[imgr=white]http://www.dallasnews.com/incoming/20130825-nm_myrtlehouse.jpg.ece/ALTERNATES/w320/NM_MyrtleHouse.jpg[/imgr]Police say Shelton Green and Crashunda Wrenn had plenty to hide.
Specifically: 82 credit cards, 55 driver’s licenses and ID cards, 39 Social Security cards, 16 personal checks, six Medicare cards and three passports, according to an affidavit.
After officers received a tip about the South Dallas house where the items were stashed, all they had to do was knock on the door and ask nicely to go inside, police say.
Officials say the case is an example of how a 3-month-old “knock-and-talk” task force finds criminals.
The task force is part of a renewed effort to target small-time drug dealers after the department reduced the number of undercover detectives dedicated to investigating low-level drug crimes more than two years ago. Police shifted their focus to larger-scale traffickers, but now they blame petty drug disputes for an uptick in murders this year.
[imgl=white]http://www.dallasnews.com/incoming/20130825-knockandtalk.eps.ece/BINARY/w620x413/knockandtalk.eps[/imgl]Since the 46-member knock-and-talk task force started in May, its officers have made 509 arrests and seized 131 firearms and 404 pounds of drugs, said Deputy Police Chief Christina Smith, who oversees the narcotics division. The task force also has made 399 possible drug house contacts.
“It’s another way to lower crime and to make good arrests that will end up putting and keeping the criminals in jail,” Smith said.
But some experts say knock-and-talks are risky and may yield only the easiest cases.
The investigations rely mostly on neighbors’ tips about unusual activity. Uniformed officers walk up to front doors and ask for permission to go inside. Police record
the audio of the conversations to ensure that they have explicit consent to enter.
Niceness is the key
Based on neighbors’ complaints, police thought they were checking on a drug house in July when Green and Wrenn let them into the house in the 3900 block of Myrtle Street.
But now police think Green is a member of the Felony Lane Gang, which is suspected in about 200 vehicle break-ins across North Texas. Gang members have been accused of stealing purses, wallets and other valuables in high-traffic areas such as shopping mall parking lots.
Green and Wrenn, his girlfriend, have been indicted on charges of identity theft. Green, who was also charged with unlawful possession of a weapon, remains in jail. Wrenn has been released on bail.
Maj. Santos Cadena, a task force supervisor, said the key to knock-and-talk arrests such as the couple’s is for officers to be kind.
“One thing we emphasize throughout their training is to be professional and be respectful because not all the complaints are going to be valid complaints,” he said. “That goes a long way with suspects who are criminally involved in activities. They take that professional interaction, that courtesy, and that sort of opens the door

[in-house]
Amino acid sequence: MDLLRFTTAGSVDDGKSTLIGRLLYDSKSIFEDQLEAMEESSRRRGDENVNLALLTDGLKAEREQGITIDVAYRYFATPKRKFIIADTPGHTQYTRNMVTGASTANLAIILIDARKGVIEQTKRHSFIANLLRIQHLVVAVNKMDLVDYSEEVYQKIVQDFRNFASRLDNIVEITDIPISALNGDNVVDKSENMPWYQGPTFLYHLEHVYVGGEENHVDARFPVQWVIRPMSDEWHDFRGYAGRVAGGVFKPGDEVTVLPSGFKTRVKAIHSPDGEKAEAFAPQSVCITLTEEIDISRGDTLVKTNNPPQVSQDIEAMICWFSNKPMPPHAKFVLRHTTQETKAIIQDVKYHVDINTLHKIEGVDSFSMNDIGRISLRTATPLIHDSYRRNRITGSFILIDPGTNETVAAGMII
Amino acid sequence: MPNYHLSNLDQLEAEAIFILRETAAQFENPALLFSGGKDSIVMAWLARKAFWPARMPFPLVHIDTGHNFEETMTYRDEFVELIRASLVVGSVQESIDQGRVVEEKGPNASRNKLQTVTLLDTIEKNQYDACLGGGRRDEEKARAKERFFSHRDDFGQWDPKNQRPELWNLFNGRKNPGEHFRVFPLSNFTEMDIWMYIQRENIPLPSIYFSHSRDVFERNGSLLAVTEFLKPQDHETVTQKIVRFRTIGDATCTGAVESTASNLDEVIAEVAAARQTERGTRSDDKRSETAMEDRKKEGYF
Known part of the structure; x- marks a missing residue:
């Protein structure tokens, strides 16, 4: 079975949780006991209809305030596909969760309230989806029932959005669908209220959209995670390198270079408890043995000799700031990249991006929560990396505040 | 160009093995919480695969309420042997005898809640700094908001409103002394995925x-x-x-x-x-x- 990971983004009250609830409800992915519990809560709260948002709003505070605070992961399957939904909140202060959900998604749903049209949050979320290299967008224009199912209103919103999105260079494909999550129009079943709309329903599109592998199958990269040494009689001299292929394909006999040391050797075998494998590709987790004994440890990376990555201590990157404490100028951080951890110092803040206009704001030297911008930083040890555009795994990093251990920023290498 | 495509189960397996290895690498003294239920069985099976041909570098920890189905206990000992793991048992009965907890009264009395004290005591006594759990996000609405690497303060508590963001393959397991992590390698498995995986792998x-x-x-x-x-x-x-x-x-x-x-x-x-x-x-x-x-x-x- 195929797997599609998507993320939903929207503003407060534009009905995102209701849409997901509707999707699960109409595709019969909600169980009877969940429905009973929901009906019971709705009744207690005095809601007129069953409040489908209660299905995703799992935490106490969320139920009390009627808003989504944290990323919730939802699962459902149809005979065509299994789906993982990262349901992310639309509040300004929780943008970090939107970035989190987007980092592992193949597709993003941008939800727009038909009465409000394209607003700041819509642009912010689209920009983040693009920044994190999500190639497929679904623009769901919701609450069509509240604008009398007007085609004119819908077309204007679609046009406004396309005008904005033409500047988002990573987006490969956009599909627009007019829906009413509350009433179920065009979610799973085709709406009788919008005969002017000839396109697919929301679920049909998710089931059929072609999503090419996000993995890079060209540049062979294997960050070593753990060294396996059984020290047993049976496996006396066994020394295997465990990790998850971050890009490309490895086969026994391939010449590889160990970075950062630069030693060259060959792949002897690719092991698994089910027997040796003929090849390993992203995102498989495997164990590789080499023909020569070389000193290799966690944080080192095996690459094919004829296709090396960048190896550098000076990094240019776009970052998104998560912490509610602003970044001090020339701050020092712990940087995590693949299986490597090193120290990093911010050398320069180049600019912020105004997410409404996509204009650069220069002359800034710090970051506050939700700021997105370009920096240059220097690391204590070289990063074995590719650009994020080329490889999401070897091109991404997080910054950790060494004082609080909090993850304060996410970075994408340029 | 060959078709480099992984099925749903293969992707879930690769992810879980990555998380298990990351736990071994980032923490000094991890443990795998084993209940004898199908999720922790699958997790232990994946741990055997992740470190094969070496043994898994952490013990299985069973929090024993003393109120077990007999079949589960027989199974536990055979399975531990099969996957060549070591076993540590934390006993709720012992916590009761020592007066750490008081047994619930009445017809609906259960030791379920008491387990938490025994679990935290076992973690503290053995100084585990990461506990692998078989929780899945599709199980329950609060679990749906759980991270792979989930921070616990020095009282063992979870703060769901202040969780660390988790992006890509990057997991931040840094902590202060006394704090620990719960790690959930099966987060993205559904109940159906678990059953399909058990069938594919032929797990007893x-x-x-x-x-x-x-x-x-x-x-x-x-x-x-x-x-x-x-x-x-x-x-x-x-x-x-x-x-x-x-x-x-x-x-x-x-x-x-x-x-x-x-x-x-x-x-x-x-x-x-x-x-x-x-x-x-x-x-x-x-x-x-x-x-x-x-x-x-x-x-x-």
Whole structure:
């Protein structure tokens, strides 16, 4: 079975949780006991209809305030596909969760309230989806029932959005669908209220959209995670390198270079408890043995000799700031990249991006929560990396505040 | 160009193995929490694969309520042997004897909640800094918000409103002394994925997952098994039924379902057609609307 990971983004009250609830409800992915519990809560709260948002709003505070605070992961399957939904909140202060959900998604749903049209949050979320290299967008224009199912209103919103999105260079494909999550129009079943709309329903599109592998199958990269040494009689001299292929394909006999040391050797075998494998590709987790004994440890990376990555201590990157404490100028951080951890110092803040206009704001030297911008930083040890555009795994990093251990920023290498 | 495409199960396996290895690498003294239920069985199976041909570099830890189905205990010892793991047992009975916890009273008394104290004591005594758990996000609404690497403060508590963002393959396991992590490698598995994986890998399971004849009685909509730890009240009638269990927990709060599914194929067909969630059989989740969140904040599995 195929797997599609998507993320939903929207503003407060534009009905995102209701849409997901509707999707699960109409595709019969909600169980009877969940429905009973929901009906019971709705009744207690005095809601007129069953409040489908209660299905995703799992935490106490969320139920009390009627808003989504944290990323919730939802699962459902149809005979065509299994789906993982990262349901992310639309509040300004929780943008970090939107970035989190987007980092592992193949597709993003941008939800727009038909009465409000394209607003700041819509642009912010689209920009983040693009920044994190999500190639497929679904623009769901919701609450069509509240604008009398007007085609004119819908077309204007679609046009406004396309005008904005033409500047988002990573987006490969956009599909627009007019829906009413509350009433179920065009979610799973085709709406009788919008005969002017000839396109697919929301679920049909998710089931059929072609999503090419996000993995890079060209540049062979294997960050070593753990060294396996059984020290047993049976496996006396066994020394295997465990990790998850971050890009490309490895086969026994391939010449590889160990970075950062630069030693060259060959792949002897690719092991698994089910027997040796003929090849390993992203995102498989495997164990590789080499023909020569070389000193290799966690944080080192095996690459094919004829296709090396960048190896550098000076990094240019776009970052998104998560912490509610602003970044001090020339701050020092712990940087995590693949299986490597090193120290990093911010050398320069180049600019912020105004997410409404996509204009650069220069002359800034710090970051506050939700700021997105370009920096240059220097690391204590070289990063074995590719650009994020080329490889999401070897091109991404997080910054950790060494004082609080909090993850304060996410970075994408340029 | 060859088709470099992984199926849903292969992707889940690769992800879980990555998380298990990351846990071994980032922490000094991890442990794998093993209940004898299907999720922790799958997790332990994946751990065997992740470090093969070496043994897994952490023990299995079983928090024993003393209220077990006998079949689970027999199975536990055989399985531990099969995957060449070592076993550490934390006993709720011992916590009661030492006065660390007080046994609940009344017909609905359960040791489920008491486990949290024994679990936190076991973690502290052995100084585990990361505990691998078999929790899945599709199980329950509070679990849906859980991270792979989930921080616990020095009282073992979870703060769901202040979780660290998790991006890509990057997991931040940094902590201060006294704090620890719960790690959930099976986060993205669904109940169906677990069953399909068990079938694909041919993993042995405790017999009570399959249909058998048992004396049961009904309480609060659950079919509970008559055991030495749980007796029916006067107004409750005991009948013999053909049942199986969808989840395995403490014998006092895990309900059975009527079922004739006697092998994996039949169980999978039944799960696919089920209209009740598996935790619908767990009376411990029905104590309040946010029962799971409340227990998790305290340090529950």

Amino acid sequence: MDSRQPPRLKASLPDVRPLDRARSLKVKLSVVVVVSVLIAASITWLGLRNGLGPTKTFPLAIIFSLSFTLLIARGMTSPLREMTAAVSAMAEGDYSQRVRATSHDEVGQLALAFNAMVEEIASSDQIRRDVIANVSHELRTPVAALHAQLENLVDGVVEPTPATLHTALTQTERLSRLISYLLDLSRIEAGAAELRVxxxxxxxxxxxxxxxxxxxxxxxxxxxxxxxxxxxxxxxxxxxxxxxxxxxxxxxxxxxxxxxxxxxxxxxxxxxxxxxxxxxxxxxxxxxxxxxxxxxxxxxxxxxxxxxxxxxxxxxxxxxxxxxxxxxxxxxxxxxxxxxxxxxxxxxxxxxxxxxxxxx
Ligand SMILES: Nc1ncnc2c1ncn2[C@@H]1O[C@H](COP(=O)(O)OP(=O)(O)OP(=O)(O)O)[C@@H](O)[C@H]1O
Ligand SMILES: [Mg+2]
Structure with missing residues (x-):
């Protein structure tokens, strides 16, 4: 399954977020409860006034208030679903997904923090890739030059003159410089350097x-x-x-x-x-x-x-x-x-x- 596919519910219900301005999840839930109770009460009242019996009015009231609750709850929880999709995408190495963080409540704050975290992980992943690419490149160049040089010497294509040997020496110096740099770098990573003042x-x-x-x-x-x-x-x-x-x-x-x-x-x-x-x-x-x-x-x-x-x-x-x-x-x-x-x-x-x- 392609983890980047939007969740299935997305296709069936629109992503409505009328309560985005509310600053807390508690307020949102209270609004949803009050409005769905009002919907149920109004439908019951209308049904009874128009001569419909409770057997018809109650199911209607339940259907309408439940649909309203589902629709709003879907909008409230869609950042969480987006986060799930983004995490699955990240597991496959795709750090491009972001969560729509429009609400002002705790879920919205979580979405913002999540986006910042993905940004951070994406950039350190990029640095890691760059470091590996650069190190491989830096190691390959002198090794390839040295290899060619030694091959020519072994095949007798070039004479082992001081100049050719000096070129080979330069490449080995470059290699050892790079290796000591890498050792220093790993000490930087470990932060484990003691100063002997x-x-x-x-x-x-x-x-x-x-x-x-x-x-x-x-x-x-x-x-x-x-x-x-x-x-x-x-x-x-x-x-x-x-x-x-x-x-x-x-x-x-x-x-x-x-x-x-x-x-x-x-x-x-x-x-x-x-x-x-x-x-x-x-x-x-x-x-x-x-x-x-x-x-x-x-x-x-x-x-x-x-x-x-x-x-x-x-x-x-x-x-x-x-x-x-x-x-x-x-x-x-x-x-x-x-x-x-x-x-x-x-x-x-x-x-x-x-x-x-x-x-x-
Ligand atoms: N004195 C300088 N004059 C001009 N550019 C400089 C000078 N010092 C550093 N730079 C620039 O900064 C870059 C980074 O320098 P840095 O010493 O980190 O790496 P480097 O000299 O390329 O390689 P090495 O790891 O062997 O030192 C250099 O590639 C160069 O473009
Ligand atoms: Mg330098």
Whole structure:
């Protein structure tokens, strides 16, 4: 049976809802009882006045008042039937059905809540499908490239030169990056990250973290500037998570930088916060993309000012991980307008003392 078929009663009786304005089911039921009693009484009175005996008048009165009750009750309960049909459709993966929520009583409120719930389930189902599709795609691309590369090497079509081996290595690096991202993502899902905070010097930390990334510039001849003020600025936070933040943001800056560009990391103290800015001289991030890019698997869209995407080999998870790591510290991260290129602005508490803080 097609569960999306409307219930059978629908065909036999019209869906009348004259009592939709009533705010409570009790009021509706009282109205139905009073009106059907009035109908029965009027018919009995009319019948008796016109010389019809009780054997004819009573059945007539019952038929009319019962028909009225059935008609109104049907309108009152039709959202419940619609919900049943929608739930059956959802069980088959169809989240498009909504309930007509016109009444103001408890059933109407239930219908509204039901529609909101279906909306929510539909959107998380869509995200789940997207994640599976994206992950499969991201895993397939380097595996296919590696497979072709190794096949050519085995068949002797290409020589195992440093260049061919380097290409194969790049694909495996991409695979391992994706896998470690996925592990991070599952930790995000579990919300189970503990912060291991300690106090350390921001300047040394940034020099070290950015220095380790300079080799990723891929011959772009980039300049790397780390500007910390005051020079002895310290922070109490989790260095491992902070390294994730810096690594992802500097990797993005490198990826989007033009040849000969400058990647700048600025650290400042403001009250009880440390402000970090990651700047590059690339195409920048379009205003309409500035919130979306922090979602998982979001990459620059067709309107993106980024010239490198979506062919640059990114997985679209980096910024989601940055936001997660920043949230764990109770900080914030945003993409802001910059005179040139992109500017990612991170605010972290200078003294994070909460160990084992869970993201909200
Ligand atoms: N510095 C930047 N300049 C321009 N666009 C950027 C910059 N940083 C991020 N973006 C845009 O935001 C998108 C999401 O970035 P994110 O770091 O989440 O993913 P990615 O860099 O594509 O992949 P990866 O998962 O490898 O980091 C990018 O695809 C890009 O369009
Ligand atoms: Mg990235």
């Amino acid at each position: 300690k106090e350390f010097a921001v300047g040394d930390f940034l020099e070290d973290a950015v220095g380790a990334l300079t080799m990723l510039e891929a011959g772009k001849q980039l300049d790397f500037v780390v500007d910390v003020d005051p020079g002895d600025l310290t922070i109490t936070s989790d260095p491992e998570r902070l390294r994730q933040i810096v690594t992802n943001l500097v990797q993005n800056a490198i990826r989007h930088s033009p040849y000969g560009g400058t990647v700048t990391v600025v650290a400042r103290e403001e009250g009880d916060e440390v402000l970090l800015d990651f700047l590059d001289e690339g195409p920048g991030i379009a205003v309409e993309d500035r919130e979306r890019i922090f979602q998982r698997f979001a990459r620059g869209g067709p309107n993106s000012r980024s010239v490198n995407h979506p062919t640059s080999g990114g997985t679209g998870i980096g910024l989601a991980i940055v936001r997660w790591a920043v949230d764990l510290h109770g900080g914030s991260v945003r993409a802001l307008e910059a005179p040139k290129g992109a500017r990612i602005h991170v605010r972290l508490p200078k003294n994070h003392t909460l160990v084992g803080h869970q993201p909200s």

Such warrantless searches often make civil libertarians squeamish.
Rebecca Robertson, legal and policy director of the ACLU of Texas, said she worries “that when police try to take a shortcut and proceed without a warrant, there’s too much opportunity for abuse.”
But the courts have ruled that knock-and-talks are legal, said John Worrall, a criminal justice professor at the University of Texas at Dallas.
“Consent is one of law enforcement’s most valuable tools,” he said. “People don’t often know that they have the right to refuse consent.”
Smith said people agree to searches the majority of the time.
Change in tactics
The knock-and-talk task force was Chief David Brown’s idea, Smith said.
Brown has shifted the narcotics division’s focus since he took over in 2010 by reducing the number of undercover officers who buy drugs from dealers and drug houses and then use the purchases to get warrants.
Brown did not respond to requests for comment, but he said during a March 2011 Dallas Morning News editorial board meeting that the department should focus most of its drug investigations on high-level crimes.
“We feel we were upside-down in our narcotics efforts here, where most of our narcotics resources were committed to street-level crime,” he said.
The shift in strategy caused strife among narcotics officers who think the best way to eliminate drug houses is to make undercover drug purchases.
Texas Narcotic Officers Association executive director Gilbert S. Gonzalez declined to comment on Dallas police tactics, saying local departments know what is best for them. But the strategy fits a trend, he said.
“A lot of the law enforcement investigative techniques are turning more toward long-term investigations” rather than focusing on small-time dealers, he said.
The Dallas Morning News
Published: 25 August 2013 10:51 PM
Updated: 25 August 2013 11:14 PM
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